The Origins of UNICEF, 1946-1953
The Origins of UNICEF traces the history of the founding of the world's most well-known and often controversial relief aid organization for children. UNICEF modeled itself after several national organizations as well as some of the early twentieth-century transnational and international relief aid organizations, catering to a clientele that many observers claimed would be impossible to resist or ignore. In only a few years, UNICEF's programs provided relief aid to millions of children in locations around the globe, but the atmosphere of post-war cooperation, quickly supplanted by Cold War tensions, caused UNICEF's efforts to be scrutinized lest they be too closely aligned with either the United States or the Soviet Bloc. UNICEF remains one of the most highly regarded and effective child relief-aid organizations in the world. The story of its founding and its first years as an aid organization provide insight into how an international, apolitical, philanthropic organization must maneuver through political and cultural tensions in order to achieve its goal of mitigating human suffering.
- Hardback | 182 pages
- 154.94 x 233.68 x 15.24mm | 408.23g
- 01 May 2015
- Lexington Books
- Lanham, MD, United States
- 14 black & white illustrations
The goal of humanitarian organizations is obviously to relieve suffering, but their work is also shaped by politics and other ideological considerations. Morris chronicles the establishment and early years of the United Nations Children's Fund (UNICEF) and the influence of the ideas and practices about aid to children and mothers inherited from its predecessor charities, the Commission for Relief in Belgium and Save the Children, as well as the emergence of the Cold War. The leadership of the first executive director, Maurice Pate; the roles of Dr. Martha Eliot and other personnel; interactions with related agencies, such as the Food and Agriculture Organization and the World Health Organization; and efforts to support US foreign policy in Europe to secure crucial funding are explored. After achieving success in the immediate postwar period with relief programs, including supplemental feeding, clothing distribution, and vaccinations and other medical care, UNICEF gained permanent status within the UN in 1953 and shifted its focus to international development programs geared to children while continuing to provide aid to them in regions affected by conflict. For 20th-century history and humanitarian studies collections. Summing Up: Recommended. Upper-division undergraduates and above. CHOICE The Origins of UNICEF, 1946-1953 is an important analysis of global organization in the Cold War era. In tracing UNICEF's evolution from temporary institution to permanent status, Morris shows us not just how international politics, and particularly US policy, influenced this organization, but how US and Western cultural concepts of the family were packaged with relief work. Morris' book is a reminder that even the most seemingly apolitical gestures of philanthropy are laden with political and cultural meaning. -- Krista Sigler, University of Cincinnati Blue Ash College Jennifer Morris takes us back to the origins of a relief organization dedicated to the noblest of causes: the health of children and their mothers. We see inside UNICEF's creation after World War II. Dr. Morris also has great coverage of the organization's first director, Maurice Pate. It's important we know this history as the struggle for the basic rights of nutrition and health for children and mothers continues to this day. -- William Lambers, expert on the UN and world hunger, and author of Ending World Hunger: School Lunches for Kids Around the World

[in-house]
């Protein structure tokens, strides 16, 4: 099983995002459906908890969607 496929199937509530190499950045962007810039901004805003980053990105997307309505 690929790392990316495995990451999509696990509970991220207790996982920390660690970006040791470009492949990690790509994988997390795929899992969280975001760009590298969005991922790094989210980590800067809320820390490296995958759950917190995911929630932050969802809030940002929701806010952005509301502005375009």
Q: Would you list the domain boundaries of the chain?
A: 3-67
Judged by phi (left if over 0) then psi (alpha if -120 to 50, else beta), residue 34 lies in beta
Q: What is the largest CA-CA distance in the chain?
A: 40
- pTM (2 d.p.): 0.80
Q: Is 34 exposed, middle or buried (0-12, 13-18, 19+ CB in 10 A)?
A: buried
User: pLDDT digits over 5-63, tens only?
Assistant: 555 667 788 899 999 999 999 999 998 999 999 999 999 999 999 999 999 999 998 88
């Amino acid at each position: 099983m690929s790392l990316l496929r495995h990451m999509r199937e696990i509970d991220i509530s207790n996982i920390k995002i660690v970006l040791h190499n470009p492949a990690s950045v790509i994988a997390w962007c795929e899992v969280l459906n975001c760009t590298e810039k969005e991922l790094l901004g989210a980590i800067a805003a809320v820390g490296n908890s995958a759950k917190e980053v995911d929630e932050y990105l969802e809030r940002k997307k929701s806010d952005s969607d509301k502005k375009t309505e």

About Jennifer M. Morris
Jennifer M. Morris is associate professor of European, world, and women's history at Mount St. Joseph University.
Table of contents
Chapter One: Charity for Children Chapter Two: Continuing the Tradition: The United Nations and Postwar Relief for Children, 1946 Chapter Three: A Plan of Work Chapter Four: Feeding Children Chapter Five: Medical Treatment for Children Chapter Six: Continuing the Work for Children